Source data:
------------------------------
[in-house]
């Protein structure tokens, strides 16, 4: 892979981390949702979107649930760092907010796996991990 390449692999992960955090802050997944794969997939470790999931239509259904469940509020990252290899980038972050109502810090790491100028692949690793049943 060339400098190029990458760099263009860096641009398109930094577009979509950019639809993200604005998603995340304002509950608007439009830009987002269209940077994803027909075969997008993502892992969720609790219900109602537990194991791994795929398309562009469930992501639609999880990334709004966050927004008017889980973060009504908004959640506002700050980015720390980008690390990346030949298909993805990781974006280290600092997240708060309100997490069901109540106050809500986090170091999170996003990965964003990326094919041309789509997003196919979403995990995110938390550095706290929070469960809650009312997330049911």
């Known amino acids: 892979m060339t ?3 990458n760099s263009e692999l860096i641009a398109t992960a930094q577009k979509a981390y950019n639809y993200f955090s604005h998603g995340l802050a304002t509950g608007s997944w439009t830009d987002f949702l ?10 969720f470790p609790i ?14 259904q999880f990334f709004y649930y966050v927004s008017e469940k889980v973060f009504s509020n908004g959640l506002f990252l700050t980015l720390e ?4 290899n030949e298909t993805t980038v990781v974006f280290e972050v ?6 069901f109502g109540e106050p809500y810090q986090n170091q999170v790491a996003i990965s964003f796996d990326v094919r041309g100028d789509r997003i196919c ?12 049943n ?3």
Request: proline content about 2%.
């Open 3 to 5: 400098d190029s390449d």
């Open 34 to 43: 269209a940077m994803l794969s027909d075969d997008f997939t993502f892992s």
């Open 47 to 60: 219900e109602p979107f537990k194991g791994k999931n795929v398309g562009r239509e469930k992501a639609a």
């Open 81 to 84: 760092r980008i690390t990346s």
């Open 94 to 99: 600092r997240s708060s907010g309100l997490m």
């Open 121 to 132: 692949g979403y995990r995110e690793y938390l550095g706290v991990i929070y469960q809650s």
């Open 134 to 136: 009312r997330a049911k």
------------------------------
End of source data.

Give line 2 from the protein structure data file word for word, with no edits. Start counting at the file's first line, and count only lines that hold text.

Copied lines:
């Protein structure tokens, strides 16, 4: 892979981390949702979107649930760092907010796996991990 390449692999992960955090802050997944794969997939470790999931239509259904469940509020990252290899980038972050109502810090790491100028692949690793049943 060339400098190029990458760099263009860096641009398109930094577009979509950019639809993200604005998603995340304002509950608007439009830009987002269209940077994803027909075969997008993502892992969720609790219900109602537990194991791994795929398309562009469930992501639609999880990334709004966050927004008017889980973060009504908004959640506002700050980015720390980008690390990346030949298909993805990781974006280290600092997240708060309100997490069901109540106050809500986090170091999170996003990965964003990326094919041309789509997003196919979403995990995110938390550095706290929070469960809650009312997330049911």